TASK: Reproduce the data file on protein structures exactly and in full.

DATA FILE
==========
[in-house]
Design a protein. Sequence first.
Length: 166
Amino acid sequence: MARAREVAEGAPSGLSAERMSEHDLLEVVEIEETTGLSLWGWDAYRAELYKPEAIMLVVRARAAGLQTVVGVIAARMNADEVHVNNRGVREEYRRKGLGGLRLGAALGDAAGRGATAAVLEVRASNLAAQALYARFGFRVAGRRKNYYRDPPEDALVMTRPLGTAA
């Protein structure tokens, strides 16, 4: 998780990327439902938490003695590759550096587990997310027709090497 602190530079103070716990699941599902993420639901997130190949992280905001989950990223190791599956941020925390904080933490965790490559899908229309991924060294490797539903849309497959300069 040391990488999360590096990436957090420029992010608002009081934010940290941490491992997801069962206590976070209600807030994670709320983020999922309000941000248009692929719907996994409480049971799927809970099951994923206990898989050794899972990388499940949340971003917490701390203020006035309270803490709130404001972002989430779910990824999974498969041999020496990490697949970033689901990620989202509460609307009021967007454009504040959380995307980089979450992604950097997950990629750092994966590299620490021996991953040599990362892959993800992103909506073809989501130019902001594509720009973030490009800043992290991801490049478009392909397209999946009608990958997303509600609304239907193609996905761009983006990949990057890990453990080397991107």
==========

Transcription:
[in-house]
Design a protein. Sequence first.
Length: 166
Amino acid sequence: MARAREVAEGAPSGLSAERMSEHDLLEVVEIEETTGLSLWGWDAYRAELYKPEAIMLVVRARAAGLQTVVGVIAARMNADEVHVNNRGVREEYRRKGLGGLRLGAALGDAAGRGATAAVLEVRASNLAAQALYARFGFRVAGRRKNYYRDPPEDALVMTRPLGTAA
């Protein structure tokens, strides 16, 4: 998780990327439902938490003695590759550096587990997310027709090497 602190530079103070716990699941599902993420639901997130190949992280905001989950990223190791599956941020925390904080933490965790490559899908229309991924060294490797539903849309497959300069 040391990488999360590096990436957090420029992010608002009081934010940290941490491992997801069962206590976070209600807030994670709320983020999922309000941000248009692929719907996994409480049971799927809970099951994923206990898989050794899972990388499940949340971003917490701390203020006035309270803490709130404001972002989430779910990824999974498969041999020496990490697949970033689901990620989202509460609307009021967007454009504040959380995307980089979450992604950097997950990629750092994966590299620490021996991953040599990362892959993800992103909506073809989501130019902001594509720009973030490009800043992290991801490049478009392909397209999946009608990958997303509600609304239907193609996905761009983006990949990057890990453990080397991107």